Cubital Tunnel Syndrome is a cause of pain and weakness in the arm due to compression of the ulnar nerve near the “funny bone”. The symptoms of cubital tunnel syndrome include tingling in the pinky and ring finger, weakness of the hand grip and a claw-like deformity of the hand. Wartenberg’s sign is an indication of cubital tunnel syndrome and occurs when the fifth digit assumes a position slightly away from the other fingers of the same hand.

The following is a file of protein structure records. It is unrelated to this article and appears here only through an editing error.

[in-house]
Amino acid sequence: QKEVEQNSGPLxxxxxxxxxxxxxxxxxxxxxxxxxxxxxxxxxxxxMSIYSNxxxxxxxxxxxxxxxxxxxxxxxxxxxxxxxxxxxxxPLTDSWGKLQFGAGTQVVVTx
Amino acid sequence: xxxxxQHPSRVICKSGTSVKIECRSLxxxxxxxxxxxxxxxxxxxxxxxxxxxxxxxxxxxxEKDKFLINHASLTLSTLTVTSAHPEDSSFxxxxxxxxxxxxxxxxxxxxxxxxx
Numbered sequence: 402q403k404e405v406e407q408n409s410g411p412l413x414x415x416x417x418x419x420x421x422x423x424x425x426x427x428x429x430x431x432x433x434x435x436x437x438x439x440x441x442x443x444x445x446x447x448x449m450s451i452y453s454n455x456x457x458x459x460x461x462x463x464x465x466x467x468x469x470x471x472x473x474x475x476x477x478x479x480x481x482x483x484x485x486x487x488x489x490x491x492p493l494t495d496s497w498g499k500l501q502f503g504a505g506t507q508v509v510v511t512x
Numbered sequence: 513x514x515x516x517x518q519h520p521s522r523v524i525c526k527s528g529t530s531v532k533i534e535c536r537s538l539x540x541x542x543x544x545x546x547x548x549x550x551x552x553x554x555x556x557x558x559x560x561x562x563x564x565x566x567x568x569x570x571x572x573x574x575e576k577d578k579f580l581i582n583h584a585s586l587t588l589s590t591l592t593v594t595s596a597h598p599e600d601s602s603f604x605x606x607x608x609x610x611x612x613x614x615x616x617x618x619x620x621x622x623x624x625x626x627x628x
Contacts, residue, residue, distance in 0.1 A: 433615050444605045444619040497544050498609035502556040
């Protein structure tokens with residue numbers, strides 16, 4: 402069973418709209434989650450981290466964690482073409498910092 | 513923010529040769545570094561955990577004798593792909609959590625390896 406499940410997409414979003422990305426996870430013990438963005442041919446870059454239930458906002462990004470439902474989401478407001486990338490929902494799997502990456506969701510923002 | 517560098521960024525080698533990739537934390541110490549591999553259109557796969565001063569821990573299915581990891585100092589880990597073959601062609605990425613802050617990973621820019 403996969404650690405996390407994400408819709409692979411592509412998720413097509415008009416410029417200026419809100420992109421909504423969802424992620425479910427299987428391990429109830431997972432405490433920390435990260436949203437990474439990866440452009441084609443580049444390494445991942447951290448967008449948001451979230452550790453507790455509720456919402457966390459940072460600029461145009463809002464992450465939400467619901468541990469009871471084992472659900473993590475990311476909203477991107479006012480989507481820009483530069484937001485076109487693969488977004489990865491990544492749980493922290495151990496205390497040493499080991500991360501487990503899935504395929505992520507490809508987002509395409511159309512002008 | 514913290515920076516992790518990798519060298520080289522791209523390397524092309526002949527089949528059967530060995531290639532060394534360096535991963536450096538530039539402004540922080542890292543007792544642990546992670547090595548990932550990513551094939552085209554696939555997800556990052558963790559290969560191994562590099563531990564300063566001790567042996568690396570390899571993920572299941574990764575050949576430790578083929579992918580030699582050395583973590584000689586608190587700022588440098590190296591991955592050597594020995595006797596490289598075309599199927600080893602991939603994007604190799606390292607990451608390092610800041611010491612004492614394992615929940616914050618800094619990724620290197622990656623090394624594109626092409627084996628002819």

The causes of cubital tunnel syndrome include trauma and repetitive motion of the arm. Diagnosis is obtained uses electromyography (EMG) and Nerve Conduction Studies(NCV) to test the electrical properties of the ulnar nerve. X-rays and MRIs of the arm are useful to exclude tumors and fractures. Cubital tunnel syndrome is often confused with golfer’s elbow and cervical disc problems which have similar symptoms. Treatment begins with conservative modalities such as heat, ice, physical therapy and splinting, non-steroidal anti-inflammatory medications and rest. Injections into the area with a local anesthetic and a steroid may decrease the inflammatory process thereby reducing symptoms and providing more efficient physical therapy. Severe symptoms may require surgery to release the nerve compression or move the nerve.